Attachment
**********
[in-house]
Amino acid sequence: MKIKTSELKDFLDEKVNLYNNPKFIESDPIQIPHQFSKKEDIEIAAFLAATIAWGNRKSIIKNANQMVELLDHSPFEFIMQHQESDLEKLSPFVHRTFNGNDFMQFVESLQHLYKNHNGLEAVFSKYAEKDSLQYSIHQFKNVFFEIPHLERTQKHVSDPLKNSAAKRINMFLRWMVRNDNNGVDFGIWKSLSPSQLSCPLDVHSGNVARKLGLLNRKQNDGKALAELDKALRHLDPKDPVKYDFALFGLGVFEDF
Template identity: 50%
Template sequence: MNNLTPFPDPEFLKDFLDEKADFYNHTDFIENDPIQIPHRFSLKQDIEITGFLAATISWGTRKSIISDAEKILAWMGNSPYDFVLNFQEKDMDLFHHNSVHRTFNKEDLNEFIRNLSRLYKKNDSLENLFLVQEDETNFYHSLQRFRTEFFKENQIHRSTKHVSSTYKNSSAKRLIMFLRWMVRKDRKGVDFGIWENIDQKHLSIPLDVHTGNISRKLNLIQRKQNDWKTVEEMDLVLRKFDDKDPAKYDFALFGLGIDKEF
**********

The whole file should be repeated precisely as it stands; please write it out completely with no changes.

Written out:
[in-house]
Amino acid sequence: MKIKTSELKDFLDEKVNLYNNPKFIESDPIQIPHQFSKKEDIEIAAFLAATIAWGNRKSIIKNANQMVELLDHSPFEFIMQHQESDLEKLSPFVHRTFNGNDFMQFVESLQHLYKNHNGLEAVFSKYAEKDSLQYSIHQFKNVFFEIPHLERTQKHVSDPLKNSAAKRINMFLRWMVRNDNNGVDFGIWKSLSPSQLSCPLDVHSGNVARKLGLLNRKQNDGKALAELDKALRHLDPKDPVKYDFALFGLGVFEDF
Template identity: 50%
Template sequence: MNNLTPFPDPEFLKDFLDEKADFYNHTDFIENDPIQIPHRFSLKQDIEITGFLAATISWGTRKSIISDAEKILAWMGNSPYDFVLNFQEKDMDLFHHNSVHRTFNKEDLNEFIRNLSRLYKKNDSLENLFLVQEDETNFYHSLQRFRTEFFKENQIHRSTKHVSSTYKNSSAKRLIMFLRWMVRKDRKGVDFGIWENIDQKHLSIPLDVHTGNISRKLNLIQRKQNDWKTVEEMDLVLRKFDDKDPAKYDFALFGLGIDKEF